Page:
“Loss of revenue due to decreased consumer spending was the primary challenge noted in the survey responses. The magnitude of revenue loss has prompted 41% of cooperatives in Rwanda and 50% of cooperatives in Malawi to develop business continuity and emergency plans. Another highly referenced challenge was reduced contact between cooperatives and cooperative members. Cooperatives have addressed communication issues by using phone trees and WhatsApp groups and by implementing other creative strategies to disseminate information. 

How has Land O’Lakes Venture37 helped cooperatives adapt to the challenges stemming from COVID-19?

“We have collaborated with the Information Technology Innovations team at Land O’Lakes Inc. to develop a virtual learning system for CDP cooperatives in Malawi that have limited access to technology and internet connectivity. We have also contracted Picture Impact, a women-owned user-centered design consulting firm, to redesign the CDP training curriculum in collaboration with our Malawian coaches to be virtual (with offline applications) and low literacy friendly. Additionally, we have taken learnings on solutions to animal source foods challenges during COVID-19 from Land O’Lakes Venture37’s Orora Wihaze program and integrated them into the trainings for dairy cooperatives.”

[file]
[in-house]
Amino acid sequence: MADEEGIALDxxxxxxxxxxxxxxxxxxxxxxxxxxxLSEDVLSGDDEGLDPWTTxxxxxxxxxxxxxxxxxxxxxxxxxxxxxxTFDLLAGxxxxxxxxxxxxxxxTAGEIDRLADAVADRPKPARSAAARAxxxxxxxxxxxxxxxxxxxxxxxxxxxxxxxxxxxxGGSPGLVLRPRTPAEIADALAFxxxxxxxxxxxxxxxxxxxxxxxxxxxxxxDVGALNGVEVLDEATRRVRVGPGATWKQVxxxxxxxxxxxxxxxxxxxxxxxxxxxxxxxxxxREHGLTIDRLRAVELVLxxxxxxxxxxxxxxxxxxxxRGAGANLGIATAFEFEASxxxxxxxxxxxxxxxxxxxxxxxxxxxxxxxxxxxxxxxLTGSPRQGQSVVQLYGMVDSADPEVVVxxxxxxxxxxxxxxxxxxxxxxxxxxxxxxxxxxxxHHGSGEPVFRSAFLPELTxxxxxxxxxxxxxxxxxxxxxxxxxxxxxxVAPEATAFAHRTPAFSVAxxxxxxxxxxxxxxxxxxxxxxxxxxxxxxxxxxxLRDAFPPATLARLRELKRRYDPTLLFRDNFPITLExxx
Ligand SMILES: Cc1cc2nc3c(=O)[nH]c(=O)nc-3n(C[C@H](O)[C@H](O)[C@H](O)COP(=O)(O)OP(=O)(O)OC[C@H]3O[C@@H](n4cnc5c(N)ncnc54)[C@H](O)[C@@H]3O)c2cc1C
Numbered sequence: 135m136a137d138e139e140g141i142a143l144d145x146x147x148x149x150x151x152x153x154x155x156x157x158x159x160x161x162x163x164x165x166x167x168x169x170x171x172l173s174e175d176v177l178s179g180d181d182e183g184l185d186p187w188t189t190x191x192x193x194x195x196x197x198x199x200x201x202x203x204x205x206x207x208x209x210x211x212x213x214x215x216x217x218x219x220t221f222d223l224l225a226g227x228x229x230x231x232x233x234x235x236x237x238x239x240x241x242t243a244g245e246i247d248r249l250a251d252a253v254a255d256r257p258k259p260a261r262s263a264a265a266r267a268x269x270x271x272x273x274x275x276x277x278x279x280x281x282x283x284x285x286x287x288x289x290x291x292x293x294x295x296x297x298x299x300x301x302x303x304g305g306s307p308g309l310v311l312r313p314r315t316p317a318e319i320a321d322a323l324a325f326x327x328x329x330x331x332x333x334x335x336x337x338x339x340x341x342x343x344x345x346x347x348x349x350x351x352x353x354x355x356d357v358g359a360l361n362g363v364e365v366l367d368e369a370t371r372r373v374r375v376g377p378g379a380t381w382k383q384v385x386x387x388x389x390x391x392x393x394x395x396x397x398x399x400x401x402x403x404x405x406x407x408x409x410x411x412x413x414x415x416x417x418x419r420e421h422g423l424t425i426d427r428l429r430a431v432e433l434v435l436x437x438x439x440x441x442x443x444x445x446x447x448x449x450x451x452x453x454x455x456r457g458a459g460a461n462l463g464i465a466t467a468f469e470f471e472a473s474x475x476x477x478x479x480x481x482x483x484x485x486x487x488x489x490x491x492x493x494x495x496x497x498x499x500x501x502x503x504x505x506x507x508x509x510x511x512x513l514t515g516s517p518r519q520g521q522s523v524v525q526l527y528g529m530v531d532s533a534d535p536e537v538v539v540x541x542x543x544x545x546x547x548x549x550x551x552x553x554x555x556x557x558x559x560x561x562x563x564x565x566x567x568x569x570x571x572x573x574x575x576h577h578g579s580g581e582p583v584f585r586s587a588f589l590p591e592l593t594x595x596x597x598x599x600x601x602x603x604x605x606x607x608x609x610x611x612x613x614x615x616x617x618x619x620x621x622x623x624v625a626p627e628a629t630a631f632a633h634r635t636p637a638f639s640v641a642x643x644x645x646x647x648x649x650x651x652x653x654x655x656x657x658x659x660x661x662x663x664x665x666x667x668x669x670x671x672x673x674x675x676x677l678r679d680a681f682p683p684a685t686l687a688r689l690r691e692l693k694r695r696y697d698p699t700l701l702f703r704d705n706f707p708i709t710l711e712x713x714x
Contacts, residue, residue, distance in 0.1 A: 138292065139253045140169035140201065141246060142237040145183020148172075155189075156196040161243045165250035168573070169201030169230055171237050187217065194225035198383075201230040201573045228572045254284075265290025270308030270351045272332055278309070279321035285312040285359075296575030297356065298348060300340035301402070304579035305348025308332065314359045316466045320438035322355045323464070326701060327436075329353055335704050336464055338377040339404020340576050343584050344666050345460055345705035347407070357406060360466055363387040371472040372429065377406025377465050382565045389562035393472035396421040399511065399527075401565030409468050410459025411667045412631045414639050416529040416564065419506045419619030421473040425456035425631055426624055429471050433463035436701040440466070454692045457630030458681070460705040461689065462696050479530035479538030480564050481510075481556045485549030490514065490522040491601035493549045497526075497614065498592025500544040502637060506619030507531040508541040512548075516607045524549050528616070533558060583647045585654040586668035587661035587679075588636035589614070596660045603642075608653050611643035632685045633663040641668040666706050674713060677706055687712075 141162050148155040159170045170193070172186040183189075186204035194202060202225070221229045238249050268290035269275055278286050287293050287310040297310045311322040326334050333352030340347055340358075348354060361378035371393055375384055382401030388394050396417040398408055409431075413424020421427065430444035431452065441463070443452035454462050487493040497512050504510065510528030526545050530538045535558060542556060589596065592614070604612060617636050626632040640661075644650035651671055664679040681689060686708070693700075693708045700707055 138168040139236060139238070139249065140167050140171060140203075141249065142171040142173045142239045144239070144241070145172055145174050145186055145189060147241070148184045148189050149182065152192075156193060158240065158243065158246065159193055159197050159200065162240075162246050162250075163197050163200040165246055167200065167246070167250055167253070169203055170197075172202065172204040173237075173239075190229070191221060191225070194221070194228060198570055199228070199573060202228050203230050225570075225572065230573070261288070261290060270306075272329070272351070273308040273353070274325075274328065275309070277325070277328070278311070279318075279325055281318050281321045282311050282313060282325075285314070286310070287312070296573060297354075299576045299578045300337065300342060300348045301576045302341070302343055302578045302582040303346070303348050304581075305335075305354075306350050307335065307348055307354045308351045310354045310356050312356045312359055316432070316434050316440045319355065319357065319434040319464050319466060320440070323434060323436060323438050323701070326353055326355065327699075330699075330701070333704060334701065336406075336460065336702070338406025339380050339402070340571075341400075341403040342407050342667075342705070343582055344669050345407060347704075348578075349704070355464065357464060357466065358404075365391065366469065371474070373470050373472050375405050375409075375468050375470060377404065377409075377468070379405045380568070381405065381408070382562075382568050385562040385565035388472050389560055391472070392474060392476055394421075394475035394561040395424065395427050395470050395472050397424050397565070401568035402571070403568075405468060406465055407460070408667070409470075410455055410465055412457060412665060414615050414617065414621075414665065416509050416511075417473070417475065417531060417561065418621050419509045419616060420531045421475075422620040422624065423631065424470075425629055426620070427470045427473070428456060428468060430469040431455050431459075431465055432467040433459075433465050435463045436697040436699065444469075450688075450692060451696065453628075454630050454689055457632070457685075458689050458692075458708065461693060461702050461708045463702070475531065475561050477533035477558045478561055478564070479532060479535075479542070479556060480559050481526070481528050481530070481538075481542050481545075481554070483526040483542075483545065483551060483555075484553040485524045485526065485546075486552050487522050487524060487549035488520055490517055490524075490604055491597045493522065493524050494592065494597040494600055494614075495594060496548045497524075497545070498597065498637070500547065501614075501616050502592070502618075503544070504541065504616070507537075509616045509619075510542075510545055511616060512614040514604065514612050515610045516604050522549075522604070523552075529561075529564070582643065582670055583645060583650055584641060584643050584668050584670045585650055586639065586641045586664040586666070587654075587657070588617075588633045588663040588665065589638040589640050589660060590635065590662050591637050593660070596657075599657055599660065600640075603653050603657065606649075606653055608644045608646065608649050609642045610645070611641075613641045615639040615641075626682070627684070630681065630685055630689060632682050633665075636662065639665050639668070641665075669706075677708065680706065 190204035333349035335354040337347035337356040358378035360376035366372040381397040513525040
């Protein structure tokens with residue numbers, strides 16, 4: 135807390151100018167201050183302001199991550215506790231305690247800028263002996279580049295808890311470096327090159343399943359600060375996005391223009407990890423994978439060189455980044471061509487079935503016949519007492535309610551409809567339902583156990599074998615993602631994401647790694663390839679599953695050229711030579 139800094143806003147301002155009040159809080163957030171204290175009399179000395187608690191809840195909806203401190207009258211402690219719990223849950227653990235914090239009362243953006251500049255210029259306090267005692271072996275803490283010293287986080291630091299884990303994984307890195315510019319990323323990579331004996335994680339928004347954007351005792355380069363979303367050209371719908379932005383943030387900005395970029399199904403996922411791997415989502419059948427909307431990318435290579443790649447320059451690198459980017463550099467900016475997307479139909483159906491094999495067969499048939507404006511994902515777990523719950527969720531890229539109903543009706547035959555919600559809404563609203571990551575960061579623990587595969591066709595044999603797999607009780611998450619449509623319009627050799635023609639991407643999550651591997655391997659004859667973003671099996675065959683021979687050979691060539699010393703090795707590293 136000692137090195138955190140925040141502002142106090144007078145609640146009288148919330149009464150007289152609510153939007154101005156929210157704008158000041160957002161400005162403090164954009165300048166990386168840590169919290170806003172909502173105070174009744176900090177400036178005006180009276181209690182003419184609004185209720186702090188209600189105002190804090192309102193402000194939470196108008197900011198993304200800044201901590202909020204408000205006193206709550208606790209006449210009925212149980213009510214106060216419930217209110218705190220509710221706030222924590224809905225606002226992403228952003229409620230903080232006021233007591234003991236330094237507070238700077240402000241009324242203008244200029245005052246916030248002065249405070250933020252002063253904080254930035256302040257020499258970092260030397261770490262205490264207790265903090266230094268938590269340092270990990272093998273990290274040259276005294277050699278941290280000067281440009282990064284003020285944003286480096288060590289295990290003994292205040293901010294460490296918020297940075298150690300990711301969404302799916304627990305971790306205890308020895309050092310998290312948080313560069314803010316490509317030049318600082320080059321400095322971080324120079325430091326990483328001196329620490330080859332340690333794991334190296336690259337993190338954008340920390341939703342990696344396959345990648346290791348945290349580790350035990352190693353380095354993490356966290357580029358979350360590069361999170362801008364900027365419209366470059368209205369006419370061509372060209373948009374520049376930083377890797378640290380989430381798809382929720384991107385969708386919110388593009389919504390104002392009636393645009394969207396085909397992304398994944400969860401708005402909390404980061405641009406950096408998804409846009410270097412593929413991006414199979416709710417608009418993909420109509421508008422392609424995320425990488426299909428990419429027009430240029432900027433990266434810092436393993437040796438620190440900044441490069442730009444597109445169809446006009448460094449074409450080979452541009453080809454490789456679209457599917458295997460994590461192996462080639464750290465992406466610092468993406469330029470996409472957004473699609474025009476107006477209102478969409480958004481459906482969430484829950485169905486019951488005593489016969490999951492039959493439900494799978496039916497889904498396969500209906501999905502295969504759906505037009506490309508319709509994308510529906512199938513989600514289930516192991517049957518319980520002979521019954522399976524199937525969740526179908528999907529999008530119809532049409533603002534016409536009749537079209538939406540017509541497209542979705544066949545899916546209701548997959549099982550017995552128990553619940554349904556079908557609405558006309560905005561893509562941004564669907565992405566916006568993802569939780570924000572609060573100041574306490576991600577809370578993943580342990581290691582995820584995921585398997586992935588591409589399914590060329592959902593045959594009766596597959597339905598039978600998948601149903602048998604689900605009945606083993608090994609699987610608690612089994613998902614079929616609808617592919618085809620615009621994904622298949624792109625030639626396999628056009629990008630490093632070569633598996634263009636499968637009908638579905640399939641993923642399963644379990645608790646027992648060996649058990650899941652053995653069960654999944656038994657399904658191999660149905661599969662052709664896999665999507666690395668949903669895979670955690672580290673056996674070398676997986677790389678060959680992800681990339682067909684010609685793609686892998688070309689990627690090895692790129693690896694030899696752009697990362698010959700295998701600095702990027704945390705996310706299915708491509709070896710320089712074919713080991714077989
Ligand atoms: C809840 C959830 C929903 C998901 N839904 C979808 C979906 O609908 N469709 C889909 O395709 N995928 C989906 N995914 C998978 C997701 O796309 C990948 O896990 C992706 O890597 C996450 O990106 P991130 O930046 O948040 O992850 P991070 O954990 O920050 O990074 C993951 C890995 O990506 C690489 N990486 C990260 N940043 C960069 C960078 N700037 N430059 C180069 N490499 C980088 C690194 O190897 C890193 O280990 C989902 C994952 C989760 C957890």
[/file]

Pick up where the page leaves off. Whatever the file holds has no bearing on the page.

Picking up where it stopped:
Based on survey results and our analysis, if there were one thing development organizations can do today to help cooperatives during COVID-19, what would it be?

“Cooperatives that can maintain buyer and member relationships, even if adaptations are required, will have a greater ability to make up financial losses when the shock of this pandemic is over. Development organizations should be coaching and mentoring cooperative management and board members to communicate frequently and transparently with these stakeholders to ensure relationships are maintained and strengthened during this time.”

Collaboration has played a vital role in making this study happen, as well as making the learnings impactful and widely applicable. Kari and Land O’LakesVenture37 urge cooperatives and NGOs to collaborate on solutions to challenges to promote stronger and more sustainable resolutions. Thank you to NCBA-CLUSAEqual Exchange, and Global Communities for making this study possible.